Eugene Francis “Gene” Kranz, born in Toledo, Ohio, USA on 17 August 1933, developed an early interest in aeronautics that would lead to a long and distinguished career with NASA.
After growing up on a farm, Kranz headed to Parks College in St. Louis, Missouri to study aeronautical engineering in 1954. He then spent four years in the Air Force before joining NASA, where his first role was at the Langley Research Center in Hampton, Virginia in 1960 in the Flight Control Operations Branch of the NASA Space Task Group. His first taste of space came on the first and third Mercury missions, in 1961 and 1962 respectively, during which he integrated Mercury Control with the Launch Control Team. For the fourth Mercury mission he was promoted to Assistant Flight Director, and by the fourth Gemini mission he was serving as Flight Director.
When the Apollo missions were announced, Kranz was assigned to all the odd numbered missions. This included Apollo 11, with Kranz present in the control room when Armstrong and Aldrin stepped on to the surface. He is most famous, however, for his role in the ill-fated Apollo 13 mission. When an oxygen tank ruptured and left the spacecraft stranded in space, it was Kranz’s decisiveness and quick thinking that enabled the astronauts to safely return home.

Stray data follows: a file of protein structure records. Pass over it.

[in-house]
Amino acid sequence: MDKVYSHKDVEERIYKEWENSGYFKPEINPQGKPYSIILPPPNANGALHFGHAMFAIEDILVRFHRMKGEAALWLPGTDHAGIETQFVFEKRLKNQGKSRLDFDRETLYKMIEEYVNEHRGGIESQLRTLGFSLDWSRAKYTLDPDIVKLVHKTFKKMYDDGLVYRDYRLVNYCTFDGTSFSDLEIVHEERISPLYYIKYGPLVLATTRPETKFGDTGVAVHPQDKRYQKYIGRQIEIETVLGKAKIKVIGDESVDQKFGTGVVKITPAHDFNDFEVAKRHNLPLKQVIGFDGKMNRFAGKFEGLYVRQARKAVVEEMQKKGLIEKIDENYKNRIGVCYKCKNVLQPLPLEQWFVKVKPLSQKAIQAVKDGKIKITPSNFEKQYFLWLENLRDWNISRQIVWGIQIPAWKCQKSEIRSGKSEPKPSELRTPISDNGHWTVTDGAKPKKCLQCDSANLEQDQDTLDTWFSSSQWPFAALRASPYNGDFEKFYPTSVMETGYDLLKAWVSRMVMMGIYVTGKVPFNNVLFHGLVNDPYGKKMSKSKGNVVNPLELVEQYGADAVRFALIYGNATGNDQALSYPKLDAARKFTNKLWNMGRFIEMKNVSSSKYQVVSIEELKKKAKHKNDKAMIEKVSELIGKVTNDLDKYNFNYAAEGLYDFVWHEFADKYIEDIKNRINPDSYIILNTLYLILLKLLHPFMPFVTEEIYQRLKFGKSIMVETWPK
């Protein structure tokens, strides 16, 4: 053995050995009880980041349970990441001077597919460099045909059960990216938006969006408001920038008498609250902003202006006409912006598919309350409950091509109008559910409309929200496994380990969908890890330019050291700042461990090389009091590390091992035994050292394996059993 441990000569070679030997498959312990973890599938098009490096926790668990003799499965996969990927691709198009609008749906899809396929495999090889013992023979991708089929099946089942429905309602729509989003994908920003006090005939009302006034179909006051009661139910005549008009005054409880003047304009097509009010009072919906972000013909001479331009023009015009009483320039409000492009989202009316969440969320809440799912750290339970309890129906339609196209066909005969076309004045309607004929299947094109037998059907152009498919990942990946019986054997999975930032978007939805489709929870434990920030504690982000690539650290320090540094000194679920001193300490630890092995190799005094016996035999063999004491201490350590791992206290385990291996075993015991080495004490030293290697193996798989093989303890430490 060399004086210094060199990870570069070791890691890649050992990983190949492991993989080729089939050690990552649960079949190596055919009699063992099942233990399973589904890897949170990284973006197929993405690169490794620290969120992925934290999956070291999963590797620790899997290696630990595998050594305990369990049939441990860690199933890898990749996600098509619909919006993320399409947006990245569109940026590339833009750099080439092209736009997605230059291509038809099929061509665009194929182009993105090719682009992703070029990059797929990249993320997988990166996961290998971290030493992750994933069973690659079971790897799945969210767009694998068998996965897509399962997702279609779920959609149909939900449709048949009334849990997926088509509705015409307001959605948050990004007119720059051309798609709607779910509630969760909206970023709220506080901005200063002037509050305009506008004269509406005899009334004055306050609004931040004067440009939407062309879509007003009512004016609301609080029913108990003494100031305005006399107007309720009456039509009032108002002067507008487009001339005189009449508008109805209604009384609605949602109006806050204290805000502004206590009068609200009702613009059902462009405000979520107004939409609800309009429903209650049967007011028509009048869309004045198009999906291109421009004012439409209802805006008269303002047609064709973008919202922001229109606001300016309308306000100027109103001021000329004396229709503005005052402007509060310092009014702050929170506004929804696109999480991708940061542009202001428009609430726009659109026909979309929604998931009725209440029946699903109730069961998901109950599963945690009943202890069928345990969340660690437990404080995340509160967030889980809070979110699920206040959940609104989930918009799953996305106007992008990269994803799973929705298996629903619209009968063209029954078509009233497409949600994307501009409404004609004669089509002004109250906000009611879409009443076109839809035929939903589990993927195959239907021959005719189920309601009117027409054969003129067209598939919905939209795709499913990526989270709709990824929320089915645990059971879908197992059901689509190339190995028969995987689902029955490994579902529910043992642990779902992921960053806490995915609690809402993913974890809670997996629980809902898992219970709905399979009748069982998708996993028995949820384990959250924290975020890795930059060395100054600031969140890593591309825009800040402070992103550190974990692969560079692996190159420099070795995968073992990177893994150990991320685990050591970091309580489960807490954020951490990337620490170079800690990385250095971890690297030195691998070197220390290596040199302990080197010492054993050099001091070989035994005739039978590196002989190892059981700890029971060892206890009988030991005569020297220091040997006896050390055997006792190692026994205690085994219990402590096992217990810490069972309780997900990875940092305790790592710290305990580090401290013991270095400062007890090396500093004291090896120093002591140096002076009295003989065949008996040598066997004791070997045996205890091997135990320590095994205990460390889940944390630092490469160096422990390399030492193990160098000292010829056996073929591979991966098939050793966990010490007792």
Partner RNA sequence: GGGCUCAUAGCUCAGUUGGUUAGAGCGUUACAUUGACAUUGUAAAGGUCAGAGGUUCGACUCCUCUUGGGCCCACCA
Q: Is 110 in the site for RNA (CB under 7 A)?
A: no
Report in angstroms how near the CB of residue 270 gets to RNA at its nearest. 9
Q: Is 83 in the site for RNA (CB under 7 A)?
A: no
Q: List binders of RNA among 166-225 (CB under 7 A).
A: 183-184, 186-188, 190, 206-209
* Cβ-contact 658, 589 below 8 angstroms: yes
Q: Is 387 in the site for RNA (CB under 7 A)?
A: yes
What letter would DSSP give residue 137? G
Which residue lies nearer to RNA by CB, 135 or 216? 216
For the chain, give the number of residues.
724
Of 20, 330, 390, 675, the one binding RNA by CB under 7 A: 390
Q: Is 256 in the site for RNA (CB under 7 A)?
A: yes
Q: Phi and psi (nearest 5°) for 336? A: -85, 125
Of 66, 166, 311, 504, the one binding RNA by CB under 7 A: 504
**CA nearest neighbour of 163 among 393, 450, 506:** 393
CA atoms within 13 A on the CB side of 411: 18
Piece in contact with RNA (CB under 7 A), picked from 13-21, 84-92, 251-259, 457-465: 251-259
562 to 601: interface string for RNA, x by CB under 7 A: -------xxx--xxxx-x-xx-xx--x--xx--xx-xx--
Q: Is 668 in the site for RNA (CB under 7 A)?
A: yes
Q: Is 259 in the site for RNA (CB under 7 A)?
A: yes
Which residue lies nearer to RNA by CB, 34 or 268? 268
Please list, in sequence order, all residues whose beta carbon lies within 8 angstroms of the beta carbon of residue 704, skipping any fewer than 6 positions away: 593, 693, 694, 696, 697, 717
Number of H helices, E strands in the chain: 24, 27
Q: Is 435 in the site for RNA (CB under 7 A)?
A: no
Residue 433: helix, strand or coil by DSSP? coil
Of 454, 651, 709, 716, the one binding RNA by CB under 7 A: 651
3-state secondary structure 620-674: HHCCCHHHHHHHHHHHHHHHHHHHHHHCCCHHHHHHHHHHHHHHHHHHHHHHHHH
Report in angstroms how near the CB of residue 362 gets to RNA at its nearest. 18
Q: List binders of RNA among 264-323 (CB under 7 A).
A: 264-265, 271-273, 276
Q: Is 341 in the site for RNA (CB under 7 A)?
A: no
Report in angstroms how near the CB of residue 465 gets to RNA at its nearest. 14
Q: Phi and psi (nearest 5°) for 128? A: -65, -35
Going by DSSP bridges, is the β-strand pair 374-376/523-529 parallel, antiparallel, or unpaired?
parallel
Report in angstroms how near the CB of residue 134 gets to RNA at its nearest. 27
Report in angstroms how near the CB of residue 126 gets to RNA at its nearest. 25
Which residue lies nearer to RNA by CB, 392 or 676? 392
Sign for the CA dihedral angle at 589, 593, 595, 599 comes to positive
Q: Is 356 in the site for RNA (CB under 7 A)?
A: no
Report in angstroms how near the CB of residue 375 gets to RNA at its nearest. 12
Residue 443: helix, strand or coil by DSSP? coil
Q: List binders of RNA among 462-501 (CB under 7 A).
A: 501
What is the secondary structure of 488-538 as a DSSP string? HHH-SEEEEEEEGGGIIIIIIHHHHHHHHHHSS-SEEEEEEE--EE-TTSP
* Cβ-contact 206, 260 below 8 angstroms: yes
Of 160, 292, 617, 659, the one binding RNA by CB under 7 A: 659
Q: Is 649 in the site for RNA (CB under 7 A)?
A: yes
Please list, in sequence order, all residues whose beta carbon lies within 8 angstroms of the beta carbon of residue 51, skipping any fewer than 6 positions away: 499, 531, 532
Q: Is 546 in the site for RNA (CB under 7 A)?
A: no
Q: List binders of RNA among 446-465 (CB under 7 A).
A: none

Kranz was part of the ‘White Team’ (the others being ‘Red’ and ‘Blue’) for Apollo 13 and, as part of the rotation schedule, it just so happened that his team was manning the control room when the problem occurred. Kranz and his team gave the astronauts specific instructions to ensure their survival, which included setting constraints for critical consumables such as oxygen, electricity and water.
Kranz also had to choose between firing the spacecraft’s rockets and returning it home immediately as it drifted away from Earth, or using the Moon to slingshot the Apollo 13 crew back safe and sound. He picked the latter option, despite the longer route, which would prove crucial in the success of bringing the spacecraft home. It was on this mission that Kranz rose to stardom, not only for his exceptional discipline under pressure, but also for his famous white vests that would become iconic of his remarkable career.
Interestingly, Kranz never actually used the phrase “Failure is not an option” during the mission, as was popularised in the Apollo 13 movie. However, he took such a liking to the phrase and its connotations that he used it for the title of his 2000 autobiography.
Kranz later served as flight director through Apollo 17 and also oversaw some of the Skylab missions. He became Director of NASA Mission Operations in 1974, overseeing the launch of the Space Shuttle, before retiring in 1994 after shuttle flight STS-61 successfully repaired the Hubble Space Telescope.
In 2010 he was voted as the second most popular space hero in a Space Foundation survey after Neil Armstrong, a true testament to his popularity and lasting legacy.
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